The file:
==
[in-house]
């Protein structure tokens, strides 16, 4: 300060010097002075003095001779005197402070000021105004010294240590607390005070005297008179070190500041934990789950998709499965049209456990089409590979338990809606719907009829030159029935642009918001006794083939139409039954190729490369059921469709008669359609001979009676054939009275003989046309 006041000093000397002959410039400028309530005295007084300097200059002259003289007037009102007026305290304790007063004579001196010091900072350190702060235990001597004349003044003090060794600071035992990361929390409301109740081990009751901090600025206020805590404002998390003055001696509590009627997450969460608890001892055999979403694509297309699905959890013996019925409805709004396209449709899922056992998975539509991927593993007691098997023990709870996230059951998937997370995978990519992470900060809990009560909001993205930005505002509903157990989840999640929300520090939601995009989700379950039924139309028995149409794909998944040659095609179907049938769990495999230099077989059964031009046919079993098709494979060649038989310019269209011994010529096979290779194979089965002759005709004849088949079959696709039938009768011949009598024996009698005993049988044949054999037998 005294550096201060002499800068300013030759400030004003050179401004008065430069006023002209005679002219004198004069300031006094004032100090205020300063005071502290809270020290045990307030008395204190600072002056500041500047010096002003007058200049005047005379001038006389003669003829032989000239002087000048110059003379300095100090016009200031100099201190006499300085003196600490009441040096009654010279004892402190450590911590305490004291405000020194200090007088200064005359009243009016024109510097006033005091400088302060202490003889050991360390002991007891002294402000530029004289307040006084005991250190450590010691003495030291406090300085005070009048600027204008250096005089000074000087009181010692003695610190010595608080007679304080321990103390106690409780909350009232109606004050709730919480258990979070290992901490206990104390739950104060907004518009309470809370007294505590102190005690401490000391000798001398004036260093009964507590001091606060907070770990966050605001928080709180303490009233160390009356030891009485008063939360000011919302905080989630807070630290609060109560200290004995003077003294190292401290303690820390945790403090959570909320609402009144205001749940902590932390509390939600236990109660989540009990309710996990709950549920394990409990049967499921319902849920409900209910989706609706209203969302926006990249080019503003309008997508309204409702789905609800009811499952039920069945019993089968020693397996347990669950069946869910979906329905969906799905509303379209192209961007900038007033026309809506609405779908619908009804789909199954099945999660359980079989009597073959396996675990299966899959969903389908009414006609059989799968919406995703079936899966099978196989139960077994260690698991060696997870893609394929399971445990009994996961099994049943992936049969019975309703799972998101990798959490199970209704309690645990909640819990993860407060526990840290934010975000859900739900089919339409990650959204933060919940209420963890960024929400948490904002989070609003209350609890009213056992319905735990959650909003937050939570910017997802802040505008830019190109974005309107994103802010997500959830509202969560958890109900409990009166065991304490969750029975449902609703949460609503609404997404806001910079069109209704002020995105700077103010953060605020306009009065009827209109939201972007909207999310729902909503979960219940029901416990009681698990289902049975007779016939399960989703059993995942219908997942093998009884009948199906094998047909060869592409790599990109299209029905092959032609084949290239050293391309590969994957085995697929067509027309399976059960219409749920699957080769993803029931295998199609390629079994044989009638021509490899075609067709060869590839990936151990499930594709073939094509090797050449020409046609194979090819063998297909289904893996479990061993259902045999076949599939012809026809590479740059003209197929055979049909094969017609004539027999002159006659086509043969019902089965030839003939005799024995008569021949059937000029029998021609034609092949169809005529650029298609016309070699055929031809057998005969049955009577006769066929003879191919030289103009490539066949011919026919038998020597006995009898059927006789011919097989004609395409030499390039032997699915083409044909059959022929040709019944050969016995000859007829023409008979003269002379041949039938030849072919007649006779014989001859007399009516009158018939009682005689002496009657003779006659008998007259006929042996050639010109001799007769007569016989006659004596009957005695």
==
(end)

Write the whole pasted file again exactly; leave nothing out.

[in-house]
């Protein structure tokens, strides 16, 4: 300060010097002075003095001779005197402070000021105004010294240590607390005070005297008179070190500041934990789950998709499965049209456990089409590979338990809606719907009829030159029935642009918001006794083939139409039954190729490369059921469709008669359609001979009676054939009275003989046309 006041000093000397002959410039400028309530005295007084300097200059002259003289007037009102007026305290304790007063004579001196010091900072350190702060235990001597004349003044003090060794600071035992990361929390409301109740081990009751901090600025206020805590404002998390003055001696509590009627997450969460608890001892055999979403694509297309699905959890013996019925409805709004396209449709899922056992998975539509991927593993007691098997023990709870996230059951998937997370995978990519992470900060809990009560909001993205930005505002509903157990989840999640929300520090939601995009989700379950039924139309028995149409794909998944040659095609179907049938769990495999230099077989059964031009046919079993098709494979060649038989310019269209011994010529096979290779194979089965002759005709004849088949079959696709039938009768011949009598024996009698005993049988044949054999037998 005294550096201060002499800068300013030759400030004003050179401004008065430069006023002209005679002219004198004069300031006094004032100090205020300063005071502290809270020290045990307030008395204190600072002056500041500047010096002003007058200049005047005379001038006389003669003829032989000239002087000048110059003379300095100090016009200031100099201190006499300085003196600490009441040096009654010279004892402190450590911590305490004291405000020194200090007088200064005359009243009016024109510097006033005091400088302060202490003889050991360390002991007891002294402000530029004289307040006084005991250190450590010691003495030291406090300085005070009048600027204008250096005089000074000087009181010692003695610190010595608080007679304080321990103390106690409780909350009232109606004050709730919480258990979070290992901490206990104390739950104060907004518009309470809370007294505590102190005690401490000391000798001398004036260093009964507590001091606060907070770990966050605001928080709180303490009233160390009356030891009485008063939360000011919302905080989630807070630290609060109560200290004995003077003294190292401290303690820390945790403090959570909320609402009144205001749940902590932390509390939600236990109660989540009990309710996990709950549920394990409990049967499921319902849920409900209910989706609706209203969302926006990249080019503003309008997508309204409702789905609800009811499952039920069945019993089968020693397996347990669950069946869910979906329905969906799905509303379209192209961007900038007033026309809506609405779908619908009804789909199954099945999660359980079989009597073959396996675990299966899959969903389908009414006609059989799968919406995703079936899966099978196989139960077994260690698991060696997870893609394929399971445990009994996961099994049943992936049969019975309703799972998101990798959490199970209704309690645990909640819990993860407060526990840290934010975000859900739900089919339409990650959204933060919940209420963890960024929400948490904002989070609003209350609890009213056992319905735990959650909003937050939570910017997802802040505008830019190109974005309107994103802010997500959830509202969560958890109900409990009166065991304490969750029975449902609703949460609503609404997404806001910079069109209704002020995105700077103010953060605020306009009065009827209109939201972007909207999310729902909503979960219940029901416990009681698990289902049975007779016939399960989703059993995942219908997942093998009884009948199906094998047909060869592409790599990109299209029905092959032609084949290239050293391309590969994957085995697929067509027309399976059960219409749920699957080769993803029931295998199609390629079994044989009638021509490899075609067709060869590839990936151990499930594709073939094509090797050449020409046609194979090819063998297909289904893996479990061993259902045999076949599939012809026809590479740059003209197929055979049909094969017609004539027999002159006659086509043969019902089965030839003939005799024995008569021949059937000029029998021609034609092949169809005529650029298609016309070699055929031809057998005969049955009577006769066929003879191919030289103009490539066949011919026919038998020597006995009898059927006789011919097989004609395409030499390039032997699915083409044909059959022929040709019944050969016995000859007829023409008979003269002379041949039938030849072919007649006779014989001859007399009516009158018939009682005689002496009657003779006659008998007259006929042996050639010109001799007769007569016989006659004596009957005695």